Ominous yet romantic, Victorian homes are a living example of timeless elegance and longevity, which is one of the main reasons why houses dating to this era are extremely popular among homeowner hopefuls. Still, every piece of property has its perks and downsides, and the same is true of Victorian homes. Underneath their beauty and complex trims, houses built in the second half of the 19th century can hide serious hardware issues, which is why home buyers need to be extra careful when inspecting their home-to-be with over 100 years under its belt. Here’s a brief list of the most common problems lurking beneath lavish Victorian frills to help you tell a money pit from the real value deal.
1. Weak-legged Victorians
Foundation issues are all too real a problem in old houses. However solid, the base of many a Victorian home can shift due to land subsidence, resulting in further structural hitches such as cracked or bulging walls, door and window defects, and even plumbing and wiring problems.
When inspecting your future love nest, look for floor and wall flaws, door and window latching problems, and foundation chipping or flaking. In case you detect signs of foundation glitches, a structural engineer may need to step in and see whether, where, and how the damage can be repaired.
2. It never rains but it pours
Roof defects are a chronic problem of old property, and Victorian homes are not an exception. Leaks, faulty flashing, missing shingles or tiles, and poor insulation upstairs are red flags which you shouldn’t ignore when looking for a place to settle down.
During preliminary home viewing, check the walls and ceiling for signs of staining and peeling paint that may point to water intrusion. Broken or damaged roofing material can be replaced, insulation can be upgraded, and flashing flaws can be taken care of, but you’ll need to be aware of the total repair costs before you can call the property a home-sweet-home.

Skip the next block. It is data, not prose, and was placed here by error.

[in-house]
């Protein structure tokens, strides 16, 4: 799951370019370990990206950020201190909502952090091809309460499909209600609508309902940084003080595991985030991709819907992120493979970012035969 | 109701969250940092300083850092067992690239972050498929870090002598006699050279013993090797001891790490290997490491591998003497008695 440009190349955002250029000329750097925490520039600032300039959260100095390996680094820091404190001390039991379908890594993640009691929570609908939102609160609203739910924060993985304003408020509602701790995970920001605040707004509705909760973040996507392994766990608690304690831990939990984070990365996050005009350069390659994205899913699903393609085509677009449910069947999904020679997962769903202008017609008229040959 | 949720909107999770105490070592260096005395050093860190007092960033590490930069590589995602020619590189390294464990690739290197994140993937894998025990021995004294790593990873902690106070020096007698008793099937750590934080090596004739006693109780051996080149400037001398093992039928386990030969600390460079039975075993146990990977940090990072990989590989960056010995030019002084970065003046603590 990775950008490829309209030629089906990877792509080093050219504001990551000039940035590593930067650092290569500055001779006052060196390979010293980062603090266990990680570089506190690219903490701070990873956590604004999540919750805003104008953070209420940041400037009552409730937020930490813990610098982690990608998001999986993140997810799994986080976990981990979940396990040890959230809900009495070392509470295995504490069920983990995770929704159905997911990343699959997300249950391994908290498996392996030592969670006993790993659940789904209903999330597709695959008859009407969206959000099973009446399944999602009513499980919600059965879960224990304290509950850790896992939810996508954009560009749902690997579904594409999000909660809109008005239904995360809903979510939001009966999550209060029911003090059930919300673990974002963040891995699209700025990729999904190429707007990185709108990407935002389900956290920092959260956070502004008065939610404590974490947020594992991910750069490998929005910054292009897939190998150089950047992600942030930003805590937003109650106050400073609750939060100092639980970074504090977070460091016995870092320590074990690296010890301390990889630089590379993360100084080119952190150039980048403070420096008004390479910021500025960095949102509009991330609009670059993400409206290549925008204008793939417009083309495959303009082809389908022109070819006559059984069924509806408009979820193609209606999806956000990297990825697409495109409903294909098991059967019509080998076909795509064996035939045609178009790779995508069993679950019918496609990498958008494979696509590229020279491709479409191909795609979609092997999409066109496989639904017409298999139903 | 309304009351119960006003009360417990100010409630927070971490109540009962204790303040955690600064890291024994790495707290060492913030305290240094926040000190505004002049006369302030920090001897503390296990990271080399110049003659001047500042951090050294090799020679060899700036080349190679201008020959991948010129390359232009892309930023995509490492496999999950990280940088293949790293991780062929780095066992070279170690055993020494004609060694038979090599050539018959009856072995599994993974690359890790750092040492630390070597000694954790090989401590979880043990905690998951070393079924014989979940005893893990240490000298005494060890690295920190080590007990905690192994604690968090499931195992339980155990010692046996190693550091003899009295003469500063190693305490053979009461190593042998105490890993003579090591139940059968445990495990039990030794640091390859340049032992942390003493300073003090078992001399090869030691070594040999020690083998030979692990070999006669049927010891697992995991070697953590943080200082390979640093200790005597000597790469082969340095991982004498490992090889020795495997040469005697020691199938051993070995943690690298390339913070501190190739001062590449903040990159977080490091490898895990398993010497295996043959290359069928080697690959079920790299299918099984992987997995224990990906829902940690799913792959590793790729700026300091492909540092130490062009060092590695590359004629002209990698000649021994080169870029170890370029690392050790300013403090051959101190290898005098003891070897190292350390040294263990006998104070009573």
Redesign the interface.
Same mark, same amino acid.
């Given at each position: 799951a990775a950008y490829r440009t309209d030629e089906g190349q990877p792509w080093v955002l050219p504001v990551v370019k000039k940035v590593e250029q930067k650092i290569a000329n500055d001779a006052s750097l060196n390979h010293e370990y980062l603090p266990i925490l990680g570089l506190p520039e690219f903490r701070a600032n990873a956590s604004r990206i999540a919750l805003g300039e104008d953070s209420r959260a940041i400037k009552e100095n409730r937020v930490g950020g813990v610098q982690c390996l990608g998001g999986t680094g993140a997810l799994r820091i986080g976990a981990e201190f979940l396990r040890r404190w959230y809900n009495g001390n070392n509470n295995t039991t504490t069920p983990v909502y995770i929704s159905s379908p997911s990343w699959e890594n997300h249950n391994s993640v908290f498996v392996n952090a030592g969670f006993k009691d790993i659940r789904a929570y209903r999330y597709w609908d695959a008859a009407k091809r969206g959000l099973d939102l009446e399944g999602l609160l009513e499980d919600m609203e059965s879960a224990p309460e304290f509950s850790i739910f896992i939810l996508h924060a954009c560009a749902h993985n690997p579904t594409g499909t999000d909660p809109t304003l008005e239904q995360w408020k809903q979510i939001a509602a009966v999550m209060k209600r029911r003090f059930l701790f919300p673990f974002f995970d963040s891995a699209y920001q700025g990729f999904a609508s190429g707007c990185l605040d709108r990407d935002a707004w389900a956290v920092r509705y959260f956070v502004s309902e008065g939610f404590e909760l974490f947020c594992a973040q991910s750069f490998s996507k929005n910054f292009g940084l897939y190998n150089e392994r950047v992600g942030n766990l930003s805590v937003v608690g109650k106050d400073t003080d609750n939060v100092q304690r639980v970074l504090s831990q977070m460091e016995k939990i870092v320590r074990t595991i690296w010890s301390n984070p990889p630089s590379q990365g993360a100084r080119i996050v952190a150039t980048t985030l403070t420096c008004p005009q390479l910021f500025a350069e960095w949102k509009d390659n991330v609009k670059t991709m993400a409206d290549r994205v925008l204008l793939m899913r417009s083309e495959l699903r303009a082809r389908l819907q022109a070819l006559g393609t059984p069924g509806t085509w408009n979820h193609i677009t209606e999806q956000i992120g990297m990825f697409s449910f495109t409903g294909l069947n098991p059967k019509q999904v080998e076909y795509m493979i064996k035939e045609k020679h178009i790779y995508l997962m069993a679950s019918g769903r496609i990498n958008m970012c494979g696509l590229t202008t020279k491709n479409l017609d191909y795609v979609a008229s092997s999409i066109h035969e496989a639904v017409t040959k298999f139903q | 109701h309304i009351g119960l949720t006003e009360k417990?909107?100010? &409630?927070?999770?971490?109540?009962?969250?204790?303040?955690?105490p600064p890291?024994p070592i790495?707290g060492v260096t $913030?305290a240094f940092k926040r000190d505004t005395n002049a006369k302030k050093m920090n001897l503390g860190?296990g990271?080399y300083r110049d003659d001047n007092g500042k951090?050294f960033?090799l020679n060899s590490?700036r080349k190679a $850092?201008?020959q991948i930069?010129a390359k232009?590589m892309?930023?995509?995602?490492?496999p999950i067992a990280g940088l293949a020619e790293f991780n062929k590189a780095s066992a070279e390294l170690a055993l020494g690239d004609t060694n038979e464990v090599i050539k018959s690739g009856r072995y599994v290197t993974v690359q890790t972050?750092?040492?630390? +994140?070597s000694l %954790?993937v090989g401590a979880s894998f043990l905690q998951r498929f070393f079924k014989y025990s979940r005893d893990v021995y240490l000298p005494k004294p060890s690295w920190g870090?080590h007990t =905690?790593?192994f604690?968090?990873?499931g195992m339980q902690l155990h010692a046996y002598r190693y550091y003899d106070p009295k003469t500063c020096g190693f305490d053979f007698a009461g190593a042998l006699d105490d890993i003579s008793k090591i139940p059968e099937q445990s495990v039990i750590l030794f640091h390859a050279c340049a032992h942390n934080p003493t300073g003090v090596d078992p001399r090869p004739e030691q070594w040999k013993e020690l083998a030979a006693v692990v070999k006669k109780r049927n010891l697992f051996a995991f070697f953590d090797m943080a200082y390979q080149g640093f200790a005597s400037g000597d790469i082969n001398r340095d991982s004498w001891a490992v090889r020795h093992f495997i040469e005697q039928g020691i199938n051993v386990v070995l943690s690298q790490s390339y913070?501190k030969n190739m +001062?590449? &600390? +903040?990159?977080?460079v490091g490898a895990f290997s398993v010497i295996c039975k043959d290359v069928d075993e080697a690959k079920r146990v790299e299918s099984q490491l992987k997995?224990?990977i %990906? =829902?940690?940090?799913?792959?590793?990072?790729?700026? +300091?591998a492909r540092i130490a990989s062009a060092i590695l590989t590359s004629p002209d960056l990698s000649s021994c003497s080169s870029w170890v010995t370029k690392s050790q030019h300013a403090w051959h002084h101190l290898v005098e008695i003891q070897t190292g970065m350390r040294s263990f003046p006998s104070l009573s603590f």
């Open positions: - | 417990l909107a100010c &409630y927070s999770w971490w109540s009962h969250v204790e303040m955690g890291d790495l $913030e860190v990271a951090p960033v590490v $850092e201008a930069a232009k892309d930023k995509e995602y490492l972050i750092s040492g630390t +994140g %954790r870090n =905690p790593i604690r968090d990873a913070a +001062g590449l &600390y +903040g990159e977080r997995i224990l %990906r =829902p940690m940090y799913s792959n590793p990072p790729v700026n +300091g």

3. Budgeting down the drains
If the basement of your Victorian property find is smelling a bit worse for old age, it may be a good idea to check it for signs of mildew infestations. Mold and musty odor below ground level can point to plumbing faults, perimeter and underfloor drainage issues, or even foundation waterproofing hitches, which you’ll need to tend to and upgrade to contemporary standards before you move in.
In case you smell trouble in the basement, hire a professional to conduct a thorough inspection and estimate the upgrade scope and cost. This will help you get a better image of the post-move repair and upgrade expenses which play an important role in initial capital required to make the place livable.
Victorian doors and windows do look spectacular, but unless they’ve been updated in the past decade, you’ll probably need to have them checked, replaced, or repaired before you drop your gear on the floor.
When inspecting your future Victorian-age property, take a quick look at the frames, panes, and surrounding insulation: stains, cracks, mold, and other forms of damage can add a few figures to the post-purchase update bill. Also, be aware that certain features of an old home can’t be remedied due to their historical value – which is a real deal breaker.
5. Looming layout layovers
Victorian homes usually have narrow hallways, tiny kitchens, tight and steep staircases, and modestly sized bedrooms, which can be problematic if you’re set on buying property for house flipping projects that promise a big bang for your buck. Modernizing a true-blue Victorian home will probably require extensive layout redrawing, and such endeavors are by far the costliest update in the fix-ad-flip lot.
For this reason, be very careful when selecting old houses to flip: Victorian charm is an asset only if the renovation doesn’t involve comprehensive floor plan changes and wall relocations.
Modern Victorian style is in – but the fact that antique houses are currently in high demand on the real estate market doesn’t mean that just about every old place is worth your cash. Double-check the critical property points before you sign the contract: a little extra care and inspection can save you thousands in the post-purchase update process. Good luck!
Zoe Clark is a journalist, freelance stylist and blogger. She is a visual storyteller and aesthetician by heart who often writes about decorating and DIY ideas. She loves sparking creativity in people and giving them ideas for their own spaces.